नेपाल सरकार
वन तथा वातावरण मन्त्रालय
राष्ट्रिय निकुञ्ज तथा वन्यजन्तु संरक्षण विभाग

२९ औं वन्यजन्तु सप्ताह २०८१ | संरक्षित क्षेत्र कार्यालयहरुको आ.ब. २०८१/८२ को योजना तर्जूमा गोष्ठी सम्पन्न । | माननीय वन तथा वातावरण मन्त्री नवल किशोर साह सुडीलाई राष्‍ट्रिय निकुञ्‍ज विभागमा स्वागत


हिउं चितुवा

Snow leopard (Uncia uncia syn. Panthera Unica) belongs to order Carnivora and family Felidae. It occurs Afghanistan, Bhutan, China, India, Kazakhstan, Kyrgyzstan, Mongolia, Pakistan, Russian Federation, Tajikistan, Uzbekistan and Nepal. In Nepal Snow Leopards are distributed along the northern border with China (Tibet) and occur within seven mountain protected areas: Annapurna Conservation Area, Kanchanjunga Conservation Area, Langtang National Park, Makalu Barun National Park, Manaslu Conservation Area, Sagarmatha National Park and Shey Phoksundo National Park. Snow Leopards occur in cold, arid and semi-arid shrub land, alpine and subalpine areas, grasslands and open forests, favoring steep terrain characterized by cliffs, ridges, gullies and rocky outcrops at elevations of between 3,000 m to 5,500 m. According to Snow Leopard Conservation Action Plan (2017-2021), the global population of this species is estimated to 3921-6290. According to the Annual Report of DNPWC (2019) its population is estimated as 301-400. It is listed as endangered species by IUCN red list category as it is experiencing declines due to Human-Snow Leopard conflict, Reduction of natural prey base, Habitat loss and fragmentation due to deforestation, human settlements and livestock grazing, None or weak trans-boundary cooperation, Poaching and illegal trade. National red list of mammals categorizes it as an endangered species. The legal status of this species in Nepal is Protected (Appendix I) under the National Parks and Wildlife Conservation Act 1973 and Appendix I in CITES law.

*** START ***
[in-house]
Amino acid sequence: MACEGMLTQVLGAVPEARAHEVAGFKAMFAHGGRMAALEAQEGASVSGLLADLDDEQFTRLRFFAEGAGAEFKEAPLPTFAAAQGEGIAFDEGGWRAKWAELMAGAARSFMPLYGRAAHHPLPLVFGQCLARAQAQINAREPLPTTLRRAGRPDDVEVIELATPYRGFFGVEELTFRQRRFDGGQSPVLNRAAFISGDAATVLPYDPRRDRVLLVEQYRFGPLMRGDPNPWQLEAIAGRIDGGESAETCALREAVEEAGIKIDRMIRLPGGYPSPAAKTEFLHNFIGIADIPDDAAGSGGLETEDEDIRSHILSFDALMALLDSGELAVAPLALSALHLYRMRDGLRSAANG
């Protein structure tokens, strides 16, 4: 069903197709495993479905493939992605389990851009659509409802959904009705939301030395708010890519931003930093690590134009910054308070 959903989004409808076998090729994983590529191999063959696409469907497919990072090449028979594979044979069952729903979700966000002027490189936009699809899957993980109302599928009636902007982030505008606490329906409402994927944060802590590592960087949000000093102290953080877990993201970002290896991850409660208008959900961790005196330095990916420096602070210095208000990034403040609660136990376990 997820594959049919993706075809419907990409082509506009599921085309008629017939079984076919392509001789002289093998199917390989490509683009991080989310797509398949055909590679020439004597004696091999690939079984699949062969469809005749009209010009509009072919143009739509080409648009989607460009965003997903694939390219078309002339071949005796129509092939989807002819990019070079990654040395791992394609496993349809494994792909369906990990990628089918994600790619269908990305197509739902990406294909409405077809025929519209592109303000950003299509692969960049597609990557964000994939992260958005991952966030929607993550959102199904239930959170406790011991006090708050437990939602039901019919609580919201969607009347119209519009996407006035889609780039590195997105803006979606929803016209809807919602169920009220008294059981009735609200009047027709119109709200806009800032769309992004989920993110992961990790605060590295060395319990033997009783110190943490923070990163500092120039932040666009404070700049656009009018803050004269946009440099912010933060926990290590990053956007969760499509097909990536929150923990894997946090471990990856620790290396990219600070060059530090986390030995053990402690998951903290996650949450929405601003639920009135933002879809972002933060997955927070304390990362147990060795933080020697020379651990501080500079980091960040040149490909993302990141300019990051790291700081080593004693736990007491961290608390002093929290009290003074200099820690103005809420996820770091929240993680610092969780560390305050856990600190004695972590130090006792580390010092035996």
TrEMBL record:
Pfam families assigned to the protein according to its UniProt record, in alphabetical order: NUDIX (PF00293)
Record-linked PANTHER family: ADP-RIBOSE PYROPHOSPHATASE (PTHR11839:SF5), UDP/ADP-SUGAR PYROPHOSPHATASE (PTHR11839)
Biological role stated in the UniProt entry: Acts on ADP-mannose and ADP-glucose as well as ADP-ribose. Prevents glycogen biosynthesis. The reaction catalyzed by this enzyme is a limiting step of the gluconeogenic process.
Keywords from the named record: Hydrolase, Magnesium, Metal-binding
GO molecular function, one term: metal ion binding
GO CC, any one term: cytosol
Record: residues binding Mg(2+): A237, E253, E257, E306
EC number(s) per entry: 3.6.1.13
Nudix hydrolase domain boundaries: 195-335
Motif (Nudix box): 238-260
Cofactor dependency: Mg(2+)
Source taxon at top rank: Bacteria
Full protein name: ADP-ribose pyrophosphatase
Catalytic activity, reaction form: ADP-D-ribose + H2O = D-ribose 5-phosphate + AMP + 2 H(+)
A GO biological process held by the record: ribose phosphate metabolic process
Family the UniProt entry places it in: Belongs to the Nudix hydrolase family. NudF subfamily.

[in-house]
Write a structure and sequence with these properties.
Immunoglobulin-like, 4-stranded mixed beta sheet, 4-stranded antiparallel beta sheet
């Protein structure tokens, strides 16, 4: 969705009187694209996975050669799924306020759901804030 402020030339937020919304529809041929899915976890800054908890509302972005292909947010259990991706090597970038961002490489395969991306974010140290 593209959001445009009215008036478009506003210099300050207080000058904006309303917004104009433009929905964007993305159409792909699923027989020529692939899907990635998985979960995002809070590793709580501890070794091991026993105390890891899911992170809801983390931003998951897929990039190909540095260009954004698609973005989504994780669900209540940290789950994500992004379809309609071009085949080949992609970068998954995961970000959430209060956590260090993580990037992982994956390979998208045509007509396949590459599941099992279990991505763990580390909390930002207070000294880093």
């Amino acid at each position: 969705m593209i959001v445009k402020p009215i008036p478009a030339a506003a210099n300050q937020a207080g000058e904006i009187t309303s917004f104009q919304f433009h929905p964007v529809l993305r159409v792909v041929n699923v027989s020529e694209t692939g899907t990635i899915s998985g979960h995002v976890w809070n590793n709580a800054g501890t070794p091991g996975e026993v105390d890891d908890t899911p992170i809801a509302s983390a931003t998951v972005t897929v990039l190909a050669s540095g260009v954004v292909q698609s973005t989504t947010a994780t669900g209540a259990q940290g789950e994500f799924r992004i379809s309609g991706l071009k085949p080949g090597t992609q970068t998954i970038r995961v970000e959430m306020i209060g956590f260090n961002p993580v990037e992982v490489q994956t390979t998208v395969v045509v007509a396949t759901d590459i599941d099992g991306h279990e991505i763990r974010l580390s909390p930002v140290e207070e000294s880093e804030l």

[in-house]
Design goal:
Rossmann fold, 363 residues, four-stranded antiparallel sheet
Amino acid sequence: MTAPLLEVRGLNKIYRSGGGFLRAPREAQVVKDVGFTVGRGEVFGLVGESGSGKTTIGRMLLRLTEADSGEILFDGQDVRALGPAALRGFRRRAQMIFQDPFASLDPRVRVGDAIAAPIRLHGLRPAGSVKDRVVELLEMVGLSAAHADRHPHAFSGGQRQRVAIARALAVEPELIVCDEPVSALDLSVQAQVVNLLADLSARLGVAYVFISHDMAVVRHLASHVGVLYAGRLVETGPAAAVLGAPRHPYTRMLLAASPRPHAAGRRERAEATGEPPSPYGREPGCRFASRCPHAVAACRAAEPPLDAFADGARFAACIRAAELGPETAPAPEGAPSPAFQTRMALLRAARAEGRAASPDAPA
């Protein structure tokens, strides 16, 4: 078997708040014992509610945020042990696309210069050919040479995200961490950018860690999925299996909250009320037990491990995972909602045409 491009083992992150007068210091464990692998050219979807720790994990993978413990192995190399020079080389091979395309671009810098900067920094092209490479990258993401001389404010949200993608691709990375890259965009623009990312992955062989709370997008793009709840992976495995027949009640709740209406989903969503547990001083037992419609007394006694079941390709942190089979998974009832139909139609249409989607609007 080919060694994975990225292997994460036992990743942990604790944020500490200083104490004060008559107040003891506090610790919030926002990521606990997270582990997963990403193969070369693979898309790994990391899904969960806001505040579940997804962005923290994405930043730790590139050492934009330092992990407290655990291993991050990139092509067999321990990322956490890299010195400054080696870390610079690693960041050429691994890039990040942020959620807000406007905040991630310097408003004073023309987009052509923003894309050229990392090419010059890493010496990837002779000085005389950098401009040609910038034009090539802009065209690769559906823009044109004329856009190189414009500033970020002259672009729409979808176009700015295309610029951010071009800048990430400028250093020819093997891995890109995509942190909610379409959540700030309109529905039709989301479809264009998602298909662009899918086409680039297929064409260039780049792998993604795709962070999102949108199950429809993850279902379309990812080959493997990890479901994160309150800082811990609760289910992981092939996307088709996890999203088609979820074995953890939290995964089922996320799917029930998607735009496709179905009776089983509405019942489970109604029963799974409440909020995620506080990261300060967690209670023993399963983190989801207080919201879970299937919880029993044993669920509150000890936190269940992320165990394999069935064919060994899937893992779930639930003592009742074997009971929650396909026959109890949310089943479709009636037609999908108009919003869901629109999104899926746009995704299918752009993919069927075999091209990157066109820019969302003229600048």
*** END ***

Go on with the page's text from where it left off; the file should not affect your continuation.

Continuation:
• Jnawali, S. R., Baral, H. S., Lee, S., Acharya, K. P., Upadhyay, G. P., Pandey, M., ... & Khatiwada, A. P. (2011). The Status of Nepal's Mammals: The National Red List Series-IUCN.